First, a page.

Active member relationships drive long-term growth in credit unions

A new report explores consumer financial behaviours

A survey of 3,000 US financial consumers found that credit unions must develop a comprehensive strategy to address the member experience.

The CU Payments Outlook research from consultants Ernst and Young (EY) was commissioned by CO-OP Financial Services, a US credit union service organisation. The paper argues that credit unions must develop a comprehensive strategy to address the member experience by employing “needs-based segmentation” to better serve their members.

The survey found that around 30% of respondents reported having their primary financial relationships (PFRs) with a fintech firm. Around 88% of respondents are digitally engaged with their financial footprint while 73% of interact online or through mobile only.

The survey featured 2,000 members and 1,000 prospective members, and looked at their evolving preferences on banking behaviours, digital services, and impacts from the pandemic, among others.

Taking into account the findings, EY says that credit unions need to use digital payments as an enabler for more relevant offerings; personalise offerings and experiences based on members’ lifestyles and priorities; and put those offerings in front of members at the right time, in the preferred channel.

The research suggests credit unions must offer their members comprehensive “lifestyle” financial products and services, with a particular emphasis on “active” solutions over traditional, “passive” offerings like deposit accounts and event-based loans. Payments and digital solutions are also crucial to meeting the needs of today’s members and establishing or strengthening primary financial relationships, suggests the research. This can be done by combining people’s demographic information with insight into their ambitions and life events, it adds.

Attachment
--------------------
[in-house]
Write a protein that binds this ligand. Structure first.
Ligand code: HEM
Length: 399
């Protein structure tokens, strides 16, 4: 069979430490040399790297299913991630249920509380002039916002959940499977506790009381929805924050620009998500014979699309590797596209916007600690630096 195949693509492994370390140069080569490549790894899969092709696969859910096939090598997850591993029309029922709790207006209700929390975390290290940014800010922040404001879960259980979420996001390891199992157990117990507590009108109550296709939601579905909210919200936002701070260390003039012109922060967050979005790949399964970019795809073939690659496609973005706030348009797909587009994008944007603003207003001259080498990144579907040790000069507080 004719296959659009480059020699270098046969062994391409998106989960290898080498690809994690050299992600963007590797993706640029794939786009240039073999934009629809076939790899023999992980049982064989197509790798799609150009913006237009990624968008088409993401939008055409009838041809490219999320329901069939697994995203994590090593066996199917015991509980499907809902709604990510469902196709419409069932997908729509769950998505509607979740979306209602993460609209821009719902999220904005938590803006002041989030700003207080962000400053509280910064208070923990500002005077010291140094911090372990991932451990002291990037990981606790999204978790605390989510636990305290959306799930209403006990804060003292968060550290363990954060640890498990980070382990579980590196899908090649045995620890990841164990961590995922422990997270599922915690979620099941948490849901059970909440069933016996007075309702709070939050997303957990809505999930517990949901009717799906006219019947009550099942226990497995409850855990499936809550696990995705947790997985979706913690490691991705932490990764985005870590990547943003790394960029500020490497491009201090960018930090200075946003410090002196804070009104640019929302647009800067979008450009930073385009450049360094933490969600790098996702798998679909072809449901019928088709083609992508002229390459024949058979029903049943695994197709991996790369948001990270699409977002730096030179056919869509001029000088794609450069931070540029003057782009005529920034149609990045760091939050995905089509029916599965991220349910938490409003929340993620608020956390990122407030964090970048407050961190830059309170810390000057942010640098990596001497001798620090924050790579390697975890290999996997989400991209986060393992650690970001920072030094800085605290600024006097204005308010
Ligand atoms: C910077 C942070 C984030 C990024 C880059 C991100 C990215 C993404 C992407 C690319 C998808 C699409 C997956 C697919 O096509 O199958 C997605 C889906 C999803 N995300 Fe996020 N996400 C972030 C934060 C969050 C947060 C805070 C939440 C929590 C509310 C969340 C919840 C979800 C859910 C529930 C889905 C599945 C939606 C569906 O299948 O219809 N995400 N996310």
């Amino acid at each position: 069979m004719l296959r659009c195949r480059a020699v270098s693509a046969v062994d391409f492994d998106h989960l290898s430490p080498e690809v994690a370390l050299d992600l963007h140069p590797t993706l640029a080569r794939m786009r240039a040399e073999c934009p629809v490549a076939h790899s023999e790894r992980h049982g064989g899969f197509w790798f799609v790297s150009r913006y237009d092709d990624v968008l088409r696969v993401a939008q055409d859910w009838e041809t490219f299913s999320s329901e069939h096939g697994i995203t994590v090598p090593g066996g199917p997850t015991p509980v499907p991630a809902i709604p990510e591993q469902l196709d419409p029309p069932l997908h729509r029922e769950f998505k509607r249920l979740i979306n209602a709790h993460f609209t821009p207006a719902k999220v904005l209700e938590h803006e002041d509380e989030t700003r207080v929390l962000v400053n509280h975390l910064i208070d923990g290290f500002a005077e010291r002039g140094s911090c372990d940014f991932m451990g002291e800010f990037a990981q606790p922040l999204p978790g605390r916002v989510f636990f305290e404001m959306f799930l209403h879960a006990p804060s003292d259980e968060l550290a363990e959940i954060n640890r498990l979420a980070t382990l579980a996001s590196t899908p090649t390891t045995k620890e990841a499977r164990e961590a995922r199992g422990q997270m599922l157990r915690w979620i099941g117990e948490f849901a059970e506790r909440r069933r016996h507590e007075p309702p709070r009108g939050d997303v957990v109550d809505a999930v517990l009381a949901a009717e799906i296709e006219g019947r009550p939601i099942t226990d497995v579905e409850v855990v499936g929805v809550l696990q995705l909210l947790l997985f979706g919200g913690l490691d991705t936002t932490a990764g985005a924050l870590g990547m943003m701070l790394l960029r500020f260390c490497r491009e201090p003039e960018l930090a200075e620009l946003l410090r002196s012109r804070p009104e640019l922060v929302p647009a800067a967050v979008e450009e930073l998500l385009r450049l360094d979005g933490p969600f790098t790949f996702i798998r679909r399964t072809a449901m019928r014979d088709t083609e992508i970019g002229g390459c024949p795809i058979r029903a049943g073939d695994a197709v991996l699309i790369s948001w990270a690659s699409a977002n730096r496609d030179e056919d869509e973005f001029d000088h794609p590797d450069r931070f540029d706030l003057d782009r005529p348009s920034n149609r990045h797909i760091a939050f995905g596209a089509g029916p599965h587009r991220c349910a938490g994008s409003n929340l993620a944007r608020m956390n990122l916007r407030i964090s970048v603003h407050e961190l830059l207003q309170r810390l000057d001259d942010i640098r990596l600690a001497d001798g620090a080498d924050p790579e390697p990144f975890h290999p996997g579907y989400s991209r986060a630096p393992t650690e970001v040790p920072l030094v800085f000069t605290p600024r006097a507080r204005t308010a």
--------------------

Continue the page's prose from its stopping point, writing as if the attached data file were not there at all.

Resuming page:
“Credit unions have traditionally focused on delivering value through product-centric, life-stage solutions like low-rate loans, high-yield savings and personalized branch-driven service,” Samantha Paxson, CEO of CO-OP Financial Services, told EY. “However, consumers are needing financial services that are embedded into their daily lifestyle. They expect personalised transactional solutions to be available to them where, when and how they need them. We need to help our credit union clients determine the highest-impact solutions to deepen their relationship with their members and grow market share.”

According to the research, the gaps between what financial products people say they need but don’t own range from 27% to over 50% across areas such as advisor-managed accounts and automated investment accounts.

Customers are also using branches less that in the past. The research showed that 32% of customers visit a branch less often than monthly, while 73% interact online or through mobile, and 88% of respondents are digitally engaged on some level. EY advises credit unions to identify the preferred channels of their members by focusing on the points of interaction and converge these channels.

The consultancy is also encouraging credit unions to explore new payment workflows such as Buy Now Pay Later (BNPL) and social media payments as well as prioritise active solutions in mobile wallet, peer-to-peer and contactless payment methods, coupled with features such as fraud and security monitoring and easy-to-use apps.

“Credit unions and community banks can start to elevate their game and deliver like a FinTech, as opposed to the very slow and incremental approach that they’ve taken over a number of years. And CO-OP’s products and capabilities are effectively the accelerator,” Nikhil Lele, EY Americas’ financial services digital and customer growth leader, said in an article on the company’s website.

In this article

Join the Conversation